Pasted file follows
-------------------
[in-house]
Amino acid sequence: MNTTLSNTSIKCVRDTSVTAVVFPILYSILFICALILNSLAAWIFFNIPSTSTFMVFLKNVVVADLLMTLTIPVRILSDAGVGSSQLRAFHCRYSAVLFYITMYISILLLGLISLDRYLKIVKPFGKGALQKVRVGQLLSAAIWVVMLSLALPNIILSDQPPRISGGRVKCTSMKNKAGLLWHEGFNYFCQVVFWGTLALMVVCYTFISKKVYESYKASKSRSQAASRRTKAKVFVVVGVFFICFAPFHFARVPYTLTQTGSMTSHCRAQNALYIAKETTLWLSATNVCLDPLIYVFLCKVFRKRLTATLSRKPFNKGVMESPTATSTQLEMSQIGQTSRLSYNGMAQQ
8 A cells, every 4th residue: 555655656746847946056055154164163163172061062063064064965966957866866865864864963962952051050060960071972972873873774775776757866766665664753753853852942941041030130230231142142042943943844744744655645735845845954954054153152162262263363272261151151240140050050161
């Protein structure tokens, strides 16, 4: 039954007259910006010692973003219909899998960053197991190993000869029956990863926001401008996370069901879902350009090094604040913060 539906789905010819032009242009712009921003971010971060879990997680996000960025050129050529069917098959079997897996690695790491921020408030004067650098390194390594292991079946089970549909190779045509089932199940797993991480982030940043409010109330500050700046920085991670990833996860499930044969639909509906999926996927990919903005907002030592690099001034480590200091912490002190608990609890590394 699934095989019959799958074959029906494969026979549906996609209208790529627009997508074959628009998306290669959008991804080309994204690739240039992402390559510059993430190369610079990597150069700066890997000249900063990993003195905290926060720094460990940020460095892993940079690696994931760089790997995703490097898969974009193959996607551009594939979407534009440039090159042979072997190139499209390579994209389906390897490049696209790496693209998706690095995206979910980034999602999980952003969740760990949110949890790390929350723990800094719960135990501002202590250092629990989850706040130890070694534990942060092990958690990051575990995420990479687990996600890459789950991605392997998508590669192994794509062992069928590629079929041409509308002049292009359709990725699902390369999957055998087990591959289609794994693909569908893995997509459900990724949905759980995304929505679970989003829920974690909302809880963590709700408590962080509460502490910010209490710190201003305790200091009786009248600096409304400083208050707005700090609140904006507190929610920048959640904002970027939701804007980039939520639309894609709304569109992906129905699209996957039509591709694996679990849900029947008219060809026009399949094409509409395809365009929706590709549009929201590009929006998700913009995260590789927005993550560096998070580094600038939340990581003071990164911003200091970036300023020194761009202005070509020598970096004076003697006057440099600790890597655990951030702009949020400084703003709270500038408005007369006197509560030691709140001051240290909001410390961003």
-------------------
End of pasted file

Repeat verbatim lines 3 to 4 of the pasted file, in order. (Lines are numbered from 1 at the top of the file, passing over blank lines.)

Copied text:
8 A cells, every 4th residue: 555655656746847946056055154164163163172061062063064064965966957866866865864864963962952051050060960071972972873873774775776757866766665664753753853852942941041030130230231142142042943943844744744655645735845845954954054153152162262263363272261151151240140050050161
């Protein structure tokens, strides 16, 4: 039954007259910006010692973003219909899998960053197991190993000869029956990863926001401008996370069901879902350009090094604040913060 539906789905010819032009242009712009921003971010971060879990997680996000960025050129050529069917098959079997897996690695790491921020408030004067650098390194390594292991079946089970549909190779045509089932199940797993991480982030940043409010109330500050700046920085991670990833996860499930044969639909509906999926996927990919903005907002030592690099001034480590200091912490002190608990609890590394 699934095989019959799958074959029906494969026979549906996609209208790529627009997508074959628009998306290669959008991804080309994204690739240039992402390559510059993430190369610079990597150069700066890997000249900063990993003195905290926060720094460990940020460095892993940079690696994931760089790997995703490097898969974009193959996607551009594939979407534009440039090159042979072997190139499209390579994209389906390897490049696209790496693209998706690095995206979910980034999602999980952003969740760990949110949890790390929350723990800094719960135990501002202590250092629990989850706040130890070694534990942060092990958690990051575990995420990479687990996600890459789950991605392997998508590669192994794509062992069928590629079929041409509308002049292009359709990725699902390369999957055998087990591959289609794994693909569908893995997509459900990724949905759980995304929505679970989003829920974690909302809880963590709700408590962080509460502490910010209490710190201003305790200091009786009248600096409304400083208050707005700090609140904006507190929610920048959640904002970027939701804007980039939520639309894609709304569109992906129905699209996957039509591709694996679990849900029947008219060809026009399949094409509409395809365009929706590709549009929201590009929006998700913009995260590789927005993550560096998070580094600038939340990581003071990164911003200091970036300023020194761009202005070509020598970096004076003697006057440099600790890597655990951030702009949020400084703003709270500038408005007369006197509560030691709140001051240290909001410390961003």